Repaving underway on busy Park City-area highway |

Repaving underway on busy Park City-area highway

The S.R. 248 work will stretch from Quinn’s Junction to Kamas

A major repaving project on a section of S.R. 248 as it approaches Park City is underway. The Utah Department of Transportation says the work will reach from Quinns Junction to Kamas. It is the first repaving in up to eight years.
Tanzi Propst/Park Record

Utah Department of Transportation-hired crews have started a major repaving project on a heavily traveled section of state highway as it approaches Park City, work that is expected to last into the fall.

The work is ongoing along S.R. 248 from Quinn’s Junction to Kamas. The project started in May and is expected to be finished in September. Most of the work is currently occurring between the Rail Trail and Deer Mountain Boulevard.

John Gleason, a public information officer for the Department of Transportation, said a similar repaving was most recently completed up to eight years ago. The work will extend the lifespan of the road.

A repaving involves crews removing the top layer of the road and then putting down new asphalt. The road will also be restriped as part of the project. Gleason said there will be no operational changes to the state highway as a result of the work.

Traffic had been shifted to the westbound lanes as the crews continued the work but are scheduled to be moved to the eastbound lanes on Saturday morning. One lane of traffic will remain open in each direction at all times.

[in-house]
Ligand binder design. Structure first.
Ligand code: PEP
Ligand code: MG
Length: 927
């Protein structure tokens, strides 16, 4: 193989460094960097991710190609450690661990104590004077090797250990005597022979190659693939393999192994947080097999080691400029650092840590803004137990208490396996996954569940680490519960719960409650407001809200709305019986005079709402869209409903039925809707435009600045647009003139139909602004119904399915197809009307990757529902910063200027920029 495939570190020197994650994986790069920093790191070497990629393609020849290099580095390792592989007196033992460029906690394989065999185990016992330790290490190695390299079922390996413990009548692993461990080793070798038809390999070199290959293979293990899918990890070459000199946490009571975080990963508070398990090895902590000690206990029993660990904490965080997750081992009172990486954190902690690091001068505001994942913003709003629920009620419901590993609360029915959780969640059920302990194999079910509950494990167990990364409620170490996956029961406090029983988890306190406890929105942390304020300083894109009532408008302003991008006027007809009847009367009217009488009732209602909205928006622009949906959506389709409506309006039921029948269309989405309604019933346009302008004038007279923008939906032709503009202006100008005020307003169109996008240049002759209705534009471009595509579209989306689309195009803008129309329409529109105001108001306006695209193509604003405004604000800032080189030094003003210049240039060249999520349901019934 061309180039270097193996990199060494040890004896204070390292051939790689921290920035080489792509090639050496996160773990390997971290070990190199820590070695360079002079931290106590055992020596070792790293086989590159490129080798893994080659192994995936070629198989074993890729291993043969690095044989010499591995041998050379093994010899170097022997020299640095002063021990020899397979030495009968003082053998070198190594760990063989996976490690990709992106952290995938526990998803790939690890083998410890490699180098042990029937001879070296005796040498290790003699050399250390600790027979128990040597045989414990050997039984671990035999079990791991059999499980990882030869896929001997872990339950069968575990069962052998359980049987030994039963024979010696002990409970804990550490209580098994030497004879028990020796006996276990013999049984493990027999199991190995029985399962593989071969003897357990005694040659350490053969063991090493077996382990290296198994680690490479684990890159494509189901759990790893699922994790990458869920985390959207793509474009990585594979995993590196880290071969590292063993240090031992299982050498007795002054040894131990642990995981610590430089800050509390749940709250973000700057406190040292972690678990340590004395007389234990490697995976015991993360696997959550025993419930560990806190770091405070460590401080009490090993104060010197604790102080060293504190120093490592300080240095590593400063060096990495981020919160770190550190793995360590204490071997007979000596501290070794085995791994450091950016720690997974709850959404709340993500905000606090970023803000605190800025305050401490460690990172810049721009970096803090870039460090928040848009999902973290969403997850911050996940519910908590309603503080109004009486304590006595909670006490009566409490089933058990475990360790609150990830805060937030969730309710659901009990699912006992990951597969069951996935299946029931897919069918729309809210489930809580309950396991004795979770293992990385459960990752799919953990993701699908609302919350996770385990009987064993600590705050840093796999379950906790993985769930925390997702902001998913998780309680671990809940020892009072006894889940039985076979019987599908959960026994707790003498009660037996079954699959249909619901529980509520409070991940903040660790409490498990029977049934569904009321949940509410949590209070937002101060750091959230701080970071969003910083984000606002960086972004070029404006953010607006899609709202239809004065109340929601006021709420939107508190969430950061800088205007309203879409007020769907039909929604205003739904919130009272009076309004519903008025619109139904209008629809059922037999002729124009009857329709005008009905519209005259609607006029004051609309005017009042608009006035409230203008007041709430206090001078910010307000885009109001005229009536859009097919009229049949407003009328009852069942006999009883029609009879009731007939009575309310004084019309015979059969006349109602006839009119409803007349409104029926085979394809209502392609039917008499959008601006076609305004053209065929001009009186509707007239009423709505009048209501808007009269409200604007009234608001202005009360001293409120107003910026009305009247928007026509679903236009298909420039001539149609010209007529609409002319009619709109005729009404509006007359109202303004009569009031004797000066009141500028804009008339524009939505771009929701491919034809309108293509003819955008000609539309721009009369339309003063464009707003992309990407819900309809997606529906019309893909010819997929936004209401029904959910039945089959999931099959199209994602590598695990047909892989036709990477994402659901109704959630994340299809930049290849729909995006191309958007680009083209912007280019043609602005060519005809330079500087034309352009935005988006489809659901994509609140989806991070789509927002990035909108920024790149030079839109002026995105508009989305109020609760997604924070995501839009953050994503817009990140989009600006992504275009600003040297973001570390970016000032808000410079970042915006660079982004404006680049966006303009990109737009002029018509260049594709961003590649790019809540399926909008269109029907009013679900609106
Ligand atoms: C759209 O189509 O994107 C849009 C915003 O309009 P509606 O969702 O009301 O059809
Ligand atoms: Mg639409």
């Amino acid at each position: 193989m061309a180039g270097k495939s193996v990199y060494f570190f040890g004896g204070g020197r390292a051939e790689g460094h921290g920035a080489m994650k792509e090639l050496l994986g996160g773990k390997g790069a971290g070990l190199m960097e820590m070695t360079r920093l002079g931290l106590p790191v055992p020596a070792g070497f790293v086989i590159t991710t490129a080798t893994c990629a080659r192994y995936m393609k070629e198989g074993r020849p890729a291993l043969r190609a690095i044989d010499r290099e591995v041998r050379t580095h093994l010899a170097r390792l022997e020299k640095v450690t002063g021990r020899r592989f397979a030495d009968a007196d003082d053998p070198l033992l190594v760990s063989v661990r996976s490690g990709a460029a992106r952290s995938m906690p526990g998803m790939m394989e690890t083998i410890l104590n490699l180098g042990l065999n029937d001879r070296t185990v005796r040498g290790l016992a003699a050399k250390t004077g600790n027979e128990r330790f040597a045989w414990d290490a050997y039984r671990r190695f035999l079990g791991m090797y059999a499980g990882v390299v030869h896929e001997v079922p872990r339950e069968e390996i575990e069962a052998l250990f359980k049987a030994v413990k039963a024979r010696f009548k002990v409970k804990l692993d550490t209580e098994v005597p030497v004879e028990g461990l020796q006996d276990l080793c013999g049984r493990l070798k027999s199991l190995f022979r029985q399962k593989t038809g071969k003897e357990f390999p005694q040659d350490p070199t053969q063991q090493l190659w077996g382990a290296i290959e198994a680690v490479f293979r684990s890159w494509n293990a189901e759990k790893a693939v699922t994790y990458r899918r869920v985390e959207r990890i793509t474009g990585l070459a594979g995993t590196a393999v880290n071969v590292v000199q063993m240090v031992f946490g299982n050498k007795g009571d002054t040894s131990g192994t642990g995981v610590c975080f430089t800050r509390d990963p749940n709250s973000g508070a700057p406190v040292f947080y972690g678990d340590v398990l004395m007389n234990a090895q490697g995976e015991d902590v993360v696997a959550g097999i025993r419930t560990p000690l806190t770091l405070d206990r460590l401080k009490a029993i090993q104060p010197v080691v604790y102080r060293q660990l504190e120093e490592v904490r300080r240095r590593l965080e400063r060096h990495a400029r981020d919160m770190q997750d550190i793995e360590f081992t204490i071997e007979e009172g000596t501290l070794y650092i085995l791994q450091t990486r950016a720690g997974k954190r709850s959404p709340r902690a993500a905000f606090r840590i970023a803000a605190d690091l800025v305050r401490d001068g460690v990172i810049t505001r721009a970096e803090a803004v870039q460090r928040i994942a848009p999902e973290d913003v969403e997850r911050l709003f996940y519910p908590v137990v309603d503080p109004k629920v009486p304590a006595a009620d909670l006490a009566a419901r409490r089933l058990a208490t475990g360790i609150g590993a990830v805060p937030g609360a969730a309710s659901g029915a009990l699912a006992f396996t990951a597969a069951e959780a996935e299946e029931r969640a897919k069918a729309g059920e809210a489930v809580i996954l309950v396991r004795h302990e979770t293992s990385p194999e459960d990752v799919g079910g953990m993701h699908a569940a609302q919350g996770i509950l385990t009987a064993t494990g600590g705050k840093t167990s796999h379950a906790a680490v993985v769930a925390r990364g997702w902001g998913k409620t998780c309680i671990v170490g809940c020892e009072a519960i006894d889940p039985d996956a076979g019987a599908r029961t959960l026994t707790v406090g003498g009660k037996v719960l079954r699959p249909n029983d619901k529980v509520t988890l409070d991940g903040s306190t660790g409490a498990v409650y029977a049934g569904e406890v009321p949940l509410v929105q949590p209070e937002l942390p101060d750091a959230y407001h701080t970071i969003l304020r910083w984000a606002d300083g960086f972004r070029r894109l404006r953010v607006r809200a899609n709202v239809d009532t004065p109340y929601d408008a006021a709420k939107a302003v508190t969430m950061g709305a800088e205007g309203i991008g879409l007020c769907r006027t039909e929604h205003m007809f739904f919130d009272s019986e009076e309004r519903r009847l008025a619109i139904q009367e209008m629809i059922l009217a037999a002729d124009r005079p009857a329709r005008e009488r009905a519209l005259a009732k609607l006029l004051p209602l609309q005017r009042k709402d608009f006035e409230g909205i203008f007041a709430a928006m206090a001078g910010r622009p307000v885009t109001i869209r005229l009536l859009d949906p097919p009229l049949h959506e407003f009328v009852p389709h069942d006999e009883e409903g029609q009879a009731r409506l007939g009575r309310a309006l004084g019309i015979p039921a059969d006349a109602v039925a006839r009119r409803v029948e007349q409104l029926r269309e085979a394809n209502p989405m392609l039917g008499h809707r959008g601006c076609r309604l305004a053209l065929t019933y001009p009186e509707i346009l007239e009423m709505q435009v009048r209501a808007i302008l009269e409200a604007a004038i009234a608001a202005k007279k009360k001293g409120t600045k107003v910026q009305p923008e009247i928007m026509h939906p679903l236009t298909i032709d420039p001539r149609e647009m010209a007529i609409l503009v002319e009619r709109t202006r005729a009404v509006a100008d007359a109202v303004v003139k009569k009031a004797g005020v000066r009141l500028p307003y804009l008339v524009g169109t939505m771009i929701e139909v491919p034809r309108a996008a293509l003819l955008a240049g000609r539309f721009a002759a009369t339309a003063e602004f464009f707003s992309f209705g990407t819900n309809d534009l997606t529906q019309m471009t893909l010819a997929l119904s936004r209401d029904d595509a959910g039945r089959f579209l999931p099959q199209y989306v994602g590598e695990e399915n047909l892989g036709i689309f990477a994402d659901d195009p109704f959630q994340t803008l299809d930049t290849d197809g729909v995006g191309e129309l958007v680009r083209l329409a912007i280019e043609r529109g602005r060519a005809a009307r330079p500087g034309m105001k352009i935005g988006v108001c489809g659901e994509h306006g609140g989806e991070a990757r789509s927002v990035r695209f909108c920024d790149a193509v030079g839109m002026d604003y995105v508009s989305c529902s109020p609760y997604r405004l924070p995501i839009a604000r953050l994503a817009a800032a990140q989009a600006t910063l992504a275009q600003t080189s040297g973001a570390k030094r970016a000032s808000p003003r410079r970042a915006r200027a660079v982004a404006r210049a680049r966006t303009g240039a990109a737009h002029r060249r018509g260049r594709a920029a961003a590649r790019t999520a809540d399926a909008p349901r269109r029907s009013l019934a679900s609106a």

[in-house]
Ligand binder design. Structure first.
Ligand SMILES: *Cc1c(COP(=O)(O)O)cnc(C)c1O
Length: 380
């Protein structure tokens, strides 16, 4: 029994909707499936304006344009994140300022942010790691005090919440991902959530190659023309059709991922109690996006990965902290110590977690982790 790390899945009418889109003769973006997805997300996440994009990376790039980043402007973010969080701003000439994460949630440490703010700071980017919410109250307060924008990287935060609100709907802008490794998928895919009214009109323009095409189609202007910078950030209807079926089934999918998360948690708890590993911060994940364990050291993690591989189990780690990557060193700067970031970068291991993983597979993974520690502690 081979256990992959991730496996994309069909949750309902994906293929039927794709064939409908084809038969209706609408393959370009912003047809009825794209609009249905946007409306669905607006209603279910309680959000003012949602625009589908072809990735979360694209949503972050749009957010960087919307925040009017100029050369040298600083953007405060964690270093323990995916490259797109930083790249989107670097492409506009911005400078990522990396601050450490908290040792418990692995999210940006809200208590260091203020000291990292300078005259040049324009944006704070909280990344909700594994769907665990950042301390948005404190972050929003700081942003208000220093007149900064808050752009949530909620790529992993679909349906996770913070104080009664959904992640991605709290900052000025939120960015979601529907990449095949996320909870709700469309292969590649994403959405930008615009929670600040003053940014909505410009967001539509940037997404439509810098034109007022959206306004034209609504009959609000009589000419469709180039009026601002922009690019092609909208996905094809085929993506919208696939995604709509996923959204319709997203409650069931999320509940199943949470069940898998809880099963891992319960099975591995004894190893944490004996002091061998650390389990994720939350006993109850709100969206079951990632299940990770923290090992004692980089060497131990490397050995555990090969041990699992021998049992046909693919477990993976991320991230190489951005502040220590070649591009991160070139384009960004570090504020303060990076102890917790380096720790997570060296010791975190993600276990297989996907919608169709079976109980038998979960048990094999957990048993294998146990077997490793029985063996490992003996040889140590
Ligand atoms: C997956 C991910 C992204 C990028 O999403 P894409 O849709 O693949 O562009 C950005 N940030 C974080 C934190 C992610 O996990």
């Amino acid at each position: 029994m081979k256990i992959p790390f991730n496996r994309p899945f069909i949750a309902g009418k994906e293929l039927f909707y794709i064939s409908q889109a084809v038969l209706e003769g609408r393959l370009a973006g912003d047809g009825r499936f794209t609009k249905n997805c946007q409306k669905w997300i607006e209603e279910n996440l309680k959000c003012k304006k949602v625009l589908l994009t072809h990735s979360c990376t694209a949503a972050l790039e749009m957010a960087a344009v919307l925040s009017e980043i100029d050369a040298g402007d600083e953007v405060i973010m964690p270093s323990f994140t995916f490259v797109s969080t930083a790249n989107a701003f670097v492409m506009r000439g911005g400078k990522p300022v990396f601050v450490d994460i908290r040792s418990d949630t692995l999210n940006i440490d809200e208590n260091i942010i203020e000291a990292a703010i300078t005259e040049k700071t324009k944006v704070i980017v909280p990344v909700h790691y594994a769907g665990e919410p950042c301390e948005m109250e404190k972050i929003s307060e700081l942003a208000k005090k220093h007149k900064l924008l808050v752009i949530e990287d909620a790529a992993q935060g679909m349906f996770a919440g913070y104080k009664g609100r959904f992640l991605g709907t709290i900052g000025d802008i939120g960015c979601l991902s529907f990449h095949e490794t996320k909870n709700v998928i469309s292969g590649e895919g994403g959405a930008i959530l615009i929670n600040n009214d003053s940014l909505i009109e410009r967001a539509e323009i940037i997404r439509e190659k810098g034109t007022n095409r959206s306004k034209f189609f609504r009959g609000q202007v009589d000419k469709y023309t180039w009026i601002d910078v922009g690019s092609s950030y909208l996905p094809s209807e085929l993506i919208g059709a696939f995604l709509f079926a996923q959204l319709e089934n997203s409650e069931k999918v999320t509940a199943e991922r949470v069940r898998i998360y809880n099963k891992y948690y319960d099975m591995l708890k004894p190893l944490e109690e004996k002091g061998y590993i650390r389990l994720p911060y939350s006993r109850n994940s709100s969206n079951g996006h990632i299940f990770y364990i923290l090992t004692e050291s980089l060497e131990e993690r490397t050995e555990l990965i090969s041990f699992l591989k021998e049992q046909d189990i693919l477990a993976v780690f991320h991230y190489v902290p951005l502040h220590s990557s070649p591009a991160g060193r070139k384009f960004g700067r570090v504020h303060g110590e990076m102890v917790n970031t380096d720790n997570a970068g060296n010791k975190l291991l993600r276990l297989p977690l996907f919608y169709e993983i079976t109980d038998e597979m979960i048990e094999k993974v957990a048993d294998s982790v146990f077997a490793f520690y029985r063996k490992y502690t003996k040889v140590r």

“This is an area that obviously sees extreme weather every year,” Gleason said about the need for the repaving.

Gleason said the stretch of S.R. 248 is popular with bicyclists, but the Department of Transportation wants bicyclists to use an alternate route during the work for safety purposes.

S.R. 248, which is signed Kearns Boulevard inside Park City, is one of the two entryways and can experience rush-hour backups that reach from the Park Avenue intersection toward Quinn’s Junction.

It is a popular route into and out of Park City from parts of the Snyderville Basin, the East Side of Summit County and Wasatch County. It also is a primary route from the Park City area to recreation spots like the Uinta Mountains and the Jordanelle Reservoir.

Officials in Park City and in the state government have for years contemplated long-range operational plans for S.R. 248 like high-occupancy-vehicle lanes, reversible lanes and bus routes.

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